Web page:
My wife looked up your location on the USA map; she was curious to know where you live. Not a million miles from where all my relatives live in and around Toronto!

As a matter of interest, what is your background?

Best regards

Phil


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Pauls72
professor emeritus
*****

Reged: 10/28/07

Loc: LaPorte, IN
Re: How to make an automatic dew controller - Arduino new [Re: ThadeusB]
      #5542410 - 11/27/12 04:23 PM Attachment (29 downloads)

Phil,

I ordered a DHT22, I should have it in about 10 days.

I tried to modify the working DHT11 library to work with a DHT22 instead.
I have no way to test it, so you will need to do that.
Go back to the set of programs and libraries that kind of worked but gave you crazy results. Everything in your main program should point to DHT11 for now, we will fix that later.

In the Libraries/DHT11 folder, replace the dht11.cpp with the attached one. Compile and upload and see if your temperature and humidity results are right.

If you open up the Serial Monitor in the Arduino Compiler/IDE (Interactive Developer Environment) make sure it's set to 9600 baud, you should something like the following. Just to remind you all the background math and debugging to the serial port is in Fahrenheit.

Paul



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ThadeusB
member


Reged: 11/14/12

Loc: Somerset, UK
Re: How to make an automatic dew controller - Arduino new [Re: Pauls72]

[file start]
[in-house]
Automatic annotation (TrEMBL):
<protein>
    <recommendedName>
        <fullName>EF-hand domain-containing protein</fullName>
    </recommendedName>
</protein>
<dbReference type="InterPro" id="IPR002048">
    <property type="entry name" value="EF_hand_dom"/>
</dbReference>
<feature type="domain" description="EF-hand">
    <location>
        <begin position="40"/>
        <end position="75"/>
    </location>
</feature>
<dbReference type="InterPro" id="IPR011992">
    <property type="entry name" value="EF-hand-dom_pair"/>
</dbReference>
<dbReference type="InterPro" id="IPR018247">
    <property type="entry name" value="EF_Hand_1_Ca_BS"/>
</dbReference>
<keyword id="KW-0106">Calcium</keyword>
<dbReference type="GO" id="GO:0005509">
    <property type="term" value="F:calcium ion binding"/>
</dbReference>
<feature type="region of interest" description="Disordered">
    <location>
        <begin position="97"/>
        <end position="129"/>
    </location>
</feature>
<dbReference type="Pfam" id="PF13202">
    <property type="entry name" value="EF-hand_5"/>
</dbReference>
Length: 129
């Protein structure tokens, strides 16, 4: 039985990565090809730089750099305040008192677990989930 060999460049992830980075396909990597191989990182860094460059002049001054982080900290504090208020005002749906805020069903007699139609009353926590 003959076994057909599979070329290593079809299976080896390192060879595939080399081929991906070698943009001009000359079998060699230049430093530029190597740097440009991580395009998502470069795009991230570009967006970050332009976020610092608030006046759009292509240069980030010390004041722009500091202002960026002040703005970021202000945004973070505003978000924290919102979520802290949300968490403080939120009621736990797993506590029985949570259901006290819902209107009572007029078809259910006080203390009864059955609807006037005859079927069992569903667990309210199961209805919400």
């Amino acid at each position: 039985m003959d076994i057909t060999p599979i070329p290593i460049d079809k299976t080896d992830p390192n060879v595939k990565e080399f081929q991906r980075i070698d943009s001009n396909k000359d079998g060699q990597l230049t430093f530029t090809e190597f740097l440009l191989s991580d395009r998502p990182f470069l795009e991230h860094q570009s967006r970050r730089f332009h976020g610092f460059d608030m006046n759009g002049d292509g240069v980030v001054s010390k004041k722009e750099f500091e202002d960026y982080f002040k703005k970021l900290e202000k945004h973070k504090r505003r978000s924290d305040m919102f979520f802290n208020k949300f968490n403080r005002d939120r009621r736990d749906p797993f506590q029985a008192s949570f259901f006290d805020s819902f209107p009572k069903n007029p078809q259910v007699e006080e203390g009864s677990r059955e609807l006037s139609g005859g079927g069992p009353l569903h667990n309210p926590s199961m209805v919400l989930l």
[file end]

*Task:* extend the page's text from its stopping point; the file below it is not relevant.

#5542610 - 11/27/12 06:41 PM

Hi Paul,
I've only just picked up your last post, as I've been busy buiding the box and wiring it. Its at on my desk reading out the Dallas temperatures. It looks good.

I've used the serial monitor quite a lot in fact for doing precisely what you say.

So now, its back to the IDE and try your new cpp file. Fingers crossed. I'll report back shortly.

Phil


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ThadeusB
member


Reged: 11/14/12

Loc: Somerset, UK
Re: How to make an automatic dew controller - Arduino new [Re: ThadeusB]
      #5542627 - 11/27/12 06:55 PM

Paul, you are a genius, its worked!!!

The reading are believable. My digital thermometer reads 21.4C, the DHT returns Temp=19C; hum=61%, Dew=13

It responds to me blowing on it, again, believable.
Amazing; so the next thing is get all the heaters hooked up and see if the whole thing behaves as it should - no reason why not I think.

As we say here, you're a good bloke.

So, no need to mess about with the DHT11 now - good stuff.

Paul, I can't thank you enough for what you have done, I am so grateful.